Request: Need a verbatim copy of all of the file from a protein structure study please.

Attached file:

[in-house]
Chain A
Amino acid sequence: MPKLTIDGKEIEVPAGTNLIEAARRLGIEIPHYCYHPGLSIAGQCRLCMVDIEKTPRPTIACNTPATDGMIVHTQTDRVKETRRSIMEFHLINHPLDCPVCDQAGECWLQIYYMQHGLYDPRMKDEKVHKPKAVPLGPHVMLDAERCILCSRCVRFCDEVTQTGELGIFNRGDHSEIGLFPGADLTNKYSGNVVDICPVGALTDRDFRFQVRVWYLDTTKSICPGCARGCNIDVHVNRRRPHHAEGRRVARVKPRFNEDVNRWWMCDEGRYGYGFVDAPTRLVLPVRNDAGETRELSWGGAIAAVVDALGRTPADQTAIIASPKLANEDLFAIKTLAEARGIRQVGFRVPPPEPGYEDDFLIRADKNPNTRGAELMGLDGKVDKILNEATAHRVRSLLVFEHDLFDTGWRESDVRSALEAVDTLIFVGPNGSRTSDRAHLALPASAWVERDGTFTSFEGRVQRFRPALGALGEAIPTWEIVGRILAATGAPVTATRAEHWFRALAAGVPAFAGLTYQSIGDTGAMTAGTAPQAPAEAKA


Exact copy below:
[in-house]
Chain A
Amino acid sequence: MPKLTIDGKEIEVPAGTNLIEAARRLGIEIPHYCYHPGLSIAGQCRLCMVDIEKTPRPTIACNTPATDGMIVHTQTDRVKETRRSIMEFHLINHPLDCPVCDQAGECWLQIYYMQHGLYDPRMKDEKVHKPKAVPLGPHVMLDAERCILCSRCVRFCDEVTQTGELGIFNRGDHSEIGLFPGADLTNKYSGNVVDICPVGALTDRDFRFQVRVWYLDTTKSICPGCARGCNIDVHVNRRRPHHAEGRRVARVKPRFNEDVNRWWMCDEGRYGYGFVDAPTRLVLPVRNDAGETRELSWGGAIAAVVDALGRTPADQTAIIASPKLANEDLFAIKTLAEARGIRQVGFRVPPPEPGYEDDFLIRADKNPNTRGAELMGLDGKVDKILNEATAHRVRSLLVFEHDLFDTGWRESDVRSALEAVDTLIFVGPNGSRTSDRAHLALPASAWVERDGTFTSFEGRVQRFRPALGALGEAIPTWEIVGRILAATGAPVTATRAEHWFRALAAGVPAFAGLTYQSIGDTGAMTAGTAPQAPAEAKA